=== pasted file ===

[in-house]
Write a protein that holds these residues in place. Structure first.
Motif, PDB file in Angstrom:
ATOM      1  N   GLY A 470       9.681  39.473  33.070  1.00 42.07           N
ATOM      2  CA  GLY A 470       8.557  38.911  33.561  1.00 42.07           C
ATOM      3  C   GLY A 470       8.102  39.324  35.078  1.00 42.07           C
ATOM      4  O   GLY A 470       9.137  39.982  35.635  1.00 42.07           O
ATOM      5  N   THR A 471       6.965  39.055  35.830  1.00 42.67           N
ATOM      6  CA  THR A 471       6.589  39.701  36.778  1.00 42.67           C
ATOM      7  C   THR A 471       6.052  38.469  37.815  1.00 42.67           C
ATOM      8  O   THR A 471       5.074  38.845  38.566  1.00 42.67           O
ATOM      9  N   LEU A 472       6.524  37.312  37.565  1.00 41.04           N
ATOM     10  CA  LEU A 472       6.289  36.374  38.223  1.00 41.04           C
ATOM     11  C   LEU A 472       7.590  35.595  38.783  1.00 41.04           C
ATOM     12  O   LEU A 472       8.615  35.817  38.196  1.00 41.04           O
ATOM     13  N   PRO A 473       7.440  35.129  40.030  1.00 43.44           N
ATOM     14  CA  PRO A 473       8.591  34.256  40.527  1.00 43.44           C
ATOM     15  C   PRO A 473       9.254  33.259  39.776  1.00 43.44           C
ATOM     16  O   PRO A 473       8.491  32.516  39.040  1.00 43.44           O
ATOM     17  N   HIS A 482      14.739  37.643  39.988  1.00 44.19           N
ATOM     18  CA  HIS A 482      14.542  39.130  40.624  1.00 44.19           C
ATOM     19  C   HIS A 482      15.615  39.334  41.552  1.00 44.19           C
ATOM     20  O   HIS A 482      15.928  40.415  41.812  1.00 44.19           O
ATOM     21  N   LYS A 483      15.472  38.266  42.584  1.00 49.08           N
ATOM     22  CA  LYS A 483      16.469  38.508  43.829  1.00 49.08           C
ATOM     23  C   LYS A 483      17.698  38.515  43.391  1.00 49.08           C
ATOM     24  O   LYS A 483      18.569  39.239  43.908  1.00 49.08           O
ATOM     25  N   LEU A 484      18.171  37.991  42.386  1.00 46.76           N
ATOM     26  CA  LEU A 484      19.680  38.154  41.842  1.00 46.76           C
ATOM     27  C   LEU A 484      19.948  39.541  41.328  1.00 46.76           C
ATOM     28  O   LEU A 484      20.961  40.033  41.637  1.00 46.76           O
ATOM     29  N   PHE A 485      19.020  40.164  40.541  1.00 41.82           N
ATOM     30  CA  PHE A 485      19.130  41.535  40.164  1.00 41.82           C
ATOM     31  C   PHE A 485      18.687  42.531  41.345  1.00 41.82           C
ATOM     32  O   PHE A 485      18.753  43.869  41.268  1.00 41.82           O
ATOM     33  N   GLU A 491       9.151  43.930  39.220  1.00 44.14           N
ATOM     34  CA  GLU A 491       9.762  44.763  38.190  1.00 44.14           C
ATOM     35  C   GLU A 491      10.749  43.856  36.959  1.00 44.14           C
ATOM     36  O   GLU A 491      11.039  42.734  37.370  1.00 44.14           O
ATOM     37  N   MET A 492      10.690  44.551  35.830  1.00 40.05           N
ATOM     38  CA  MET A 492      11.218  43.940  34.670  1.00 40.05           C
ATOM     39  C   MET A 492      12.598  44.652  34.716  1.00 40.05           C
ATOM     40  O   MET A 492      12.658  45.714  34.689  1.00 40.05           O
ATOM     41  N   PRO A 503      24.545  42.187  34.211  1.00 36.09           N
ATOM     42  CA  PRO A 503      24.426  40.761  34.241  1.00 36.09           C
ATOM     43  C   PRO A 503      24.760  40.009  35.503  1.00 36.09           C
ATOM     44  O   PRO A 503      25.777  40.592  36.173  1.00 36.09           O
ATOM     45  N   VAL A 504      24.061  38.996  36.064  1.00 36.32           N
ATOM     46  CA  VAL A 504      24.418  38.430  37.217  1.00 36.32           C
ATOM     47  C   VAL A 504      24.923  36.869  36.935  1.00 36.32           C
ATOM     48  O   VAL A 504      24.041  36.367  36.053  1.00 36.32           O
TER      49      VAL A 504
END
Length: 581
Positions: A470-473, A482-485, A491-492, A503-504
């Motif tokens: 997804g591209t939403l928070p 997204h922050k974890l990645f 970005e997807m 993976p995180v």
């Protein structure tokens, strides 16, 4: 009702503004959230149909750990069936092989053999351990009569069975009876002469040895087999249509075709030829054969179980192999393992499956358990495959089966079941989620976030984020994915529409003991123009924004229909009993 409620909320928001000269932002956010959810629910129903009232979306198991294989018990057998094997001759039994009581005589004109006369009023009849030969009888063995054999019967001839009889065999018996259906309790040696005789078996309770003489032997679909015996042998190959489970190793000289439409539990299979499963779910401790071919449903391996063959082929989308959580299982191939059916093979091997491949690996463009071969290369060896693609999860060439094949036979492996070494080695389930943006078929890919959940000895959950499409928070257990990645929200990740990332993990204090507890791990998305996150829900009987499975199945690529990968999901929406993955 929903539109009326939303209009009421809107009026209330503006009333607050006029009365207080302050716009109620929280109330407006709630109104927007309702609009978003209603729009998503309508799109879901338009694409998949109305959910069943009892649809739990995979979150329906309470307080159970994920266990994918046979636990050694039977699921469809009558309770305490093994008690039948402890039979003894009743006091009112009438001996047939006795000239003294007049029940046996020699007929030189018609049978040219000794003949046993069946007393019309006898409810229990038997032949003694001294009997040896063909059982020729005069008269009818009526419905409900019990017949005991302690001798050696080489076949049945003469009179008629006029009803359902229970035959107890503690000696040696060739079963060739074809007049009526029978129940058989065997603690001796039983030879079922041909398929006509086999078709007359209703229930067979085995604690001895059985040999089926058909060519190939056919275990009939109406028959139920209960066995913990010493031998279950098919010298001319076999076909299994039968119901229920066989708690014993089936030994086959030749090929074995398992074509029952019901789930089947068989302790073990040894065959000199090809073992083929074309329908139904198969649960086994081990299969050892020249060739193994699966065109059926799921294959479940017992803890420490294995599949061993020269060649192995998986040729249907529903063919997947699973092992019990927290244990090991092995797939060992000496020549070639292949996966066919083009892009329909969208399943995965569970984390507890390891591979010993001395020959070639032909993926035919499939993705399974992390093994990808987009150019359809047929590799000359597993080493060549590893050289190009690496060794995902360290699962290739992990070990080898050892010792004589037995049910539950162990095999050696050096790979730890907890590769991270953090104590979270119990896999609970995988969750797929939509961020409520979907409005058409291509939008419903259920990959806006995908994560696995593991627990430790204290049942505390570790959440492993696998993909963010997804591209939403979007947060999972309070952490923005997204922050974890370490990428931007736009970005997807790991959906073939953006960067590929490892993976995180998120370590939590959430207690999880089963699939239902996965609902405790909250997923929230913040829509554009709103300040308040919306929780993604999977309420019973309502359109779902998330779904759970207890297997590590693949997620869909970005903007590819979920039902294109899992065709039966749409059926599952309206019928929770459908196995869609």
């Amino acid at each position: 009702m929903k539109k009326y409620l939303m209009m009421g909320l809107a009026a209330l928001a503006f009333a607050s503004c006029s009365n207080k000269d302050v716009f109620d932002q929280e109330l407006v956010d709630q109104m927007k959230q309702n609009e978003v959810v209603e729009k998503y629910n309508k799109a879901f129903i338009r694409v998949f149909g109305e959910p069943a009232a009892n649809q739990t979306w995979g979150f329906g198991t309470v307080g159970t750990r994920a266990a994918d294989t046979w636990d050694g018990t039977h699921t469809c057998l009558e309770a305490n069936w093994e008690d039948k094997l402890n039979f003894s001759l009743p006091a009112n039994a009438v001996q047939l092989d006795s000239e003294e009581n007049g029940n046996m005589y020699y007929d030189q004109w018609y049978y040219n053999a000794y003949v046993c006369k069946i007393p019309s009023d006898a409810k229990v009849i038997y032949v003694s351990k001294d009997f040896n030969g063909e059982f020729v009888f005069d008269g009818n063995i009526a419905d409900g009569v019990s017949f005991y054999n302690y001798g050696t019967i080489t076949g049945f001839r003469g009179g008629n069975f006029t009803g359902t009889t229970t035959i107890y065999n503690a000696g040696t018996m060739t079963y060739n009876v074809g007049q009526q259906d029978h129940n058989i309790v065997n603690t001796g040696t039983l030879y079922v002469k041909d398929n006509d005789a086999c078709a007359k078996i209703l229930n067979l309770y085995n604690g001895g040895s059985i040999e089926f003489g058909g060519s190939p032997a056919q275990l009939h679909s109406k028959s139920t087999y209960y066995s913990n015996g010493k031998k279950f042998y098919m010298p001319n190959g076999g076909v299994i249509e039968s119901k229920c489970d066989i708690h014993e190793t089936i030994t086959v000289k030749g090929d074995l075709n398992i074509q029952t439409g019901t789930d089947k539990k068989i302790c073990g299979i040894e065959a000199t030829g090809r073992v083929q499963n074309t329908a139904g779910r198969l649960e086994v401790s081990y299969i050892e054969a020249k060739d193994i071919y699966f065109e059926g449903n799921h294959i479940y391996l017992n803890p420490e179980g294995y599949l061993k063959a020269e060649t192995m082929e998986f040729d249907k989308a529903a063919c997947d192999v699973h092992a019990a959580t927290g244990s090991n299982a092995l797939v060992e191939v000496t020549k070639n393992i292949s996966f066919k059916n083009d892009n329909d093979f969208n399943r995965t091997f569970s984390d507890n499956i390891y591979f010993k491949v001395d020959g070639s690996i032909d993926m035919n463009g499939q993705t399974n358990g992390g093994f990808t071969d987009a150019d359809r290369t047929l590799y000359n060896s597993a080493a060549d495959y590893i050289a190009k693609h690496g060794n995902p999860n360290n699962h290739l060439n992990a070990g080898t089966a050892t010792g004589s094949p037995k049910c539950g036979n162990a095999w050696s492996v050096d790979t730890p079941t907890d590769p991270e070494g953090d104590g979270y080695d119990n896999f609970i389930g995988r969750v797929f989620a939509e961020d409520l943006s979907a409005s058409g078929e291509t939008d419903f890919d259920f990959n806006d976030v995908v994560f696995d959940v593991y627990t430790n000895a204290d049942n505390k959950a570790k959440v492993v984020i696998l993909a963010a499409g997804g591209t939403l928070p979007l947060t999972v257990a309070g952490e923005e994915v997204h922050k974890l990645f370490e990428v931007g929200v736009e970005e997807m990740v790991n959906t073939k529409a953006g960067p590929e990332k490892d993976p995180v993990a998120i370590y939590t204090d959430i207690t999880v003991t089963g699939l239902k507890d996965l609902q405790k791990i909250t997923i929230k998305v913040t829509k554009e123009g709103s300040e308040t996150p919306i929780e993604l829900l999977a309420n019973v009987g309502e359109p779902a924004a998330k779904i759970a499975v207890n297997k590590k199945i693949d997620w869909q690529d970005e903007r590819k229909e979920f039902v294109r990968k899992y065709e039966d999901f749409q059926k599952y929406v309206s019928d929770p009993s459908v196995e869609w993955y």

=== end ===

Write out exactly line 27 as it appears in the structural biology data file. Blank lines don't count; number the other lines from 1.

ATOM     24  O   LYS A 483      18.569  39.239  43.908  1.00 49.08           O